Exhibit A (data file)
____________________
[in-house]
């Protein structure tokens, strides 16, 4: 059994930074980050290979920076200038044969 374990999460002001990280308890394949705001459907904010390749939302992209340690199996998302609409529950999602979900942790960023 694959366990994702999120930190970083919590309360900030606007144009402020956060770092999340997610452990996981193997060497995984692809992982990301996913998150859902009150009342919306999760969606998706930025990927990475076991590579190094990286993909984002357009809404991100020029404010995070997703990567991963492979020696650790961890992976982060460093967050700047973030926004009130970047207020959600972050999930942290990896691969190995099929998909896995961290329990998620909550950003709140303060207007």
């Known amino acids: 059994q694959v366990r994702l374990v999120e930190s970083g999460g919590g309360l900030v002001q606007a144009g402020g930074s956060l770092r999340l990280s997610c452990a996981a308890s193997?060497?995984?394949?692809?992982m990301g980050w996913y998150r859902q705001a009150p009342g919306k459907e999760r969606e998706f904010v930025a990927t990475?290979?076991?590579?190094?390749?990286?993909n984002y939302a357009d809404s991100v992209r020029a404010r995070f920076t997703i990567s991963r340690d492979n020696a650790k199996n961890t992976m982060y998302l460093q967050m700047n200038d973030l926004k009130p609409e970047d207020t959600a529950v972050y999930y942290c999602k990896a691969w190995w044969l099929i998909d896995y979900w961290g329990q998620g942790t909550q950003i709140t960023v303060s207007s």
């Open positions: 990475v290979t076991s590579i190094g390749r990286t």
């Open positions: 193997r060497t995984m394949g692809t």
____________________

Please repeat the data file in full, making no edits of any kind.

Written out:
[in-house]
């Protein structure tokens, strides 16, 4: 059994930074980050290979920076200038044969 374990999460002001990280308890394949705001459907904010390749939302992209340690199996998302609409529950999602979900942790960023 694959366990994702999120930190970083919590309360900030606007144009402020956060770092999340997610452990996981193997060497995984692809992982990301996913998150859902009150009342919306999760969606998706930025990927990475076991590579190094990286993909984002357009809404991100020029404010995070997703990567991963492979020696650790961890992976982060460093967050700047973030926004009130970047207020959600972050999930942290990896691969190995099929998909896995961290329990998620909550950003709140303060207007």
């Known amino acids: 059994q694959v366990r994702l374990v999120e930190s970083g999460g919590g309360l900030v002001q606007a144009g402020g930074s956060l770092r999340l990280s997610c452990a996981a308890s193997?060497?995984?394949?692809?992982m990301g980050w996913y998150r859902q705001a009150p009342g919306k459907e999760r969606e998706f904010v930025a990927t990475?290979?076991?590579?190094?390749?990286?993909n984002y939302a357009d809404s991100v992209r020029a404010r995070f920076t997703i990567s991963r340690d492979n020696a650790k199996n961890t992976m982060y998302l460093q967050m700047n200038d973030l926004k009130p609409e970047d207020t959600a529950v972050y999930y942290c999602k990896a691969w190995w044969l099929i998909d896995y979900w961290g329990q998620g942790t909550q950003i709140t960023v303060s207007s």
């Open positions: 990475v290979t076991s590579i190094g390749r990286t």
């Open positions: 193997r060497t995984m394949g692809t």